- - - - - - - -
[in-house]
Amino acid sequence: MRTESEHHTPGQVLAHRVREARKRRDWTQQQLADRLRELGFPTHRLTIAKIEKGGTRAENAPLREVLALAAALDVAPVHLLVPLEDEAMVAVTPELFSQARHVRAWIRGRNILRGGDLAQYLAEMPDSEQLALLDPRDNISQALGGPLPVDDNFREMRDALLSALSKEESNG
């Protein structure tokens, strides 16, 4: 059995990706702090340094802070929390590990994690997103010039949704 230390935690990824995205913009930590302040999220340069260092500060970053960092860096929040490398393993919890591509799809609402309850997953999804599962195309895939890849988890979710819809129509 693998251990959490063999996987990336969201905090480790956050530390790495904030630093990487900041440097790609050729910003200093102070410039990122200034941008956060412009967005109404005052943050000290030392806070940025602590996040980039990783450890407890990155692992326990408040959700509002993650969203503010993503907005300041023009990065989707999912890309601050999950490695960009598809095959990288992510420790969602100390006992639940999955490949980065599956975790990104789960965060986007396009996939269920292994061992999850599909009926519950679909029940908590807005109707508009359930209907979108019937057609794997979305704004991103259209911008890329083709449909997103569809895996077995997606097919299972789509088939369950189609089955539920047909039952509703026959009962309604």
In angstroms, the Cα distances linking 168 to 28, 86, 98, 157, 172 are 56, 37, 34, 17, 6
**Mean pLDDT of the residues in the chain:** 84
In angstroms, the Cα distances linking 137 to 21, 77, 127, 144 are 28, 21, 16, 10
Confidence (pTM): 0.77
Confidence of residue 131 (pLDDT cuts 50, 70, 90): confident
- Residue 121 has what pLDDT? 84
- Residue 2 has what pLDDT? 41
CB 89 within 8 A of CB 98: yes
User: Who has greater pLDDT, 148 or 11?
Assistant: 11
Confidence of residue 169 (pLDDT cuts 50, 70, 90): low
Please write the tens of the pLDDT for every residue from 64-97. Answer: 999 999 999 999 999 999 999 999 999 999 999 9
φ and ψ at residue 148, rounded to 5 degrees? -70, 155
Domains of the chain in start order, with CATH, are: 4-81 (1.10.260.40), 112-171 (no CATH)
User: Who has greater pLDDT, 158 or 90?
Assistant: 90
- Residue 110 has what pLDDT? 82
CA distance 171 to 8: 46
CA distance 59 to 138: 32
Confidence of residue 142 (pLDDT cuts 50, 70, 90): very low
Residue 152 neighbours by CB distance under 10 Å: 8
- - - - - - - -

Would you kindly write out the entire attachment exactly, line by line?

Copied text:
[in-house]
Amino acid sequence: MRTESEHHTPGQVLAHRVREARKRRDWTQQQLADRLRELGFPTHRLTIAKIEKGGTRAENAPLREVLALAAALDVAPVHLLVPLEDEAMVAVTPELFSQARHVRAWIRGRNILRGGDLAQYLAEMPDSEQLALLDPRDNISQALGGPLPVDDNFREMRDALLSALSKEESNG
């Protein structure tokens, strides 16, 4: 059995990706702090340094802070929390590990994690997103010039949704 230390935690990824995205913009930590302040999220340069260092500060970053960092860096929040490398393993919890591509799809609402309850997953999804599962195309895939890849988890979710819809129509 693998251990959490063999996987990336969201905090480790956050530390790495904030630093990487900041440097790609050729910003200093102070410039990122200034941008956060412009967005109404005052943050000290030392806070940025602590996040980039990783450890407890990155692992326990408040959700509002993650969203503010993503907005300041023009990065989707999912890309601050999950490695960009598809095959990288992510420790969602100390006992639940999955490949980065599956975790990104789960965060986007396009996939269920292994061992999850599909009926519950679909029940908590807005109707508009359930209907979108019937057609794997979305704004991103259209911008890329083709449909997103569809895996077995997606097919299972789509088939369950189609089955539920047909039952509703026959009962309604």
In angstroms, the Cα distances linking 168 to 28, 86, 98, 157, 172 are 56, 37, 34, 17, 6
**Mean pLDDT of the residues in the chain:** 84
In angstroms, the Cα distances linking 137 to 21, 77, 127, 144 are 28, 21, 16, 10
Confidence (pTM): 0.77
Confidence of residue 131 (pLDDT cuts 50, 70, 90): confident
- Residue 121 has what pLDDT? 84
- Residue 2 has what pLDDT? 41
CB 89 within 8 A of CB 98: yes
User: Who has greater pLDDT, 148 or 11?
Assistant: 11
Confidence of residue 169 (pLDDT cuts 50, 70, 90): low
Please write the tens of the pLDDT for every residue from 64-97. Answer: 999 999 999 999 999 999 999 999 999 999 999 9
φ and ψ at residue 148, rounded to 5 degrees? -70, 155
Domains of the chain in start order, with CATH, are: 4-81 (1.10.260.40), 112-171 (no CATH)
User: Who has greater pLDDT, 158 or 90?
Assistant: 90
- Residue 110 has what pLDDT? 82
CA distance 171 to 8: 46
CA distance 59 to 138: 32
Confidence of residue 142 (pLDDT cuts 50, 70, 90): very low
Residue 152 neighbours by CB distance under 10 Å: 8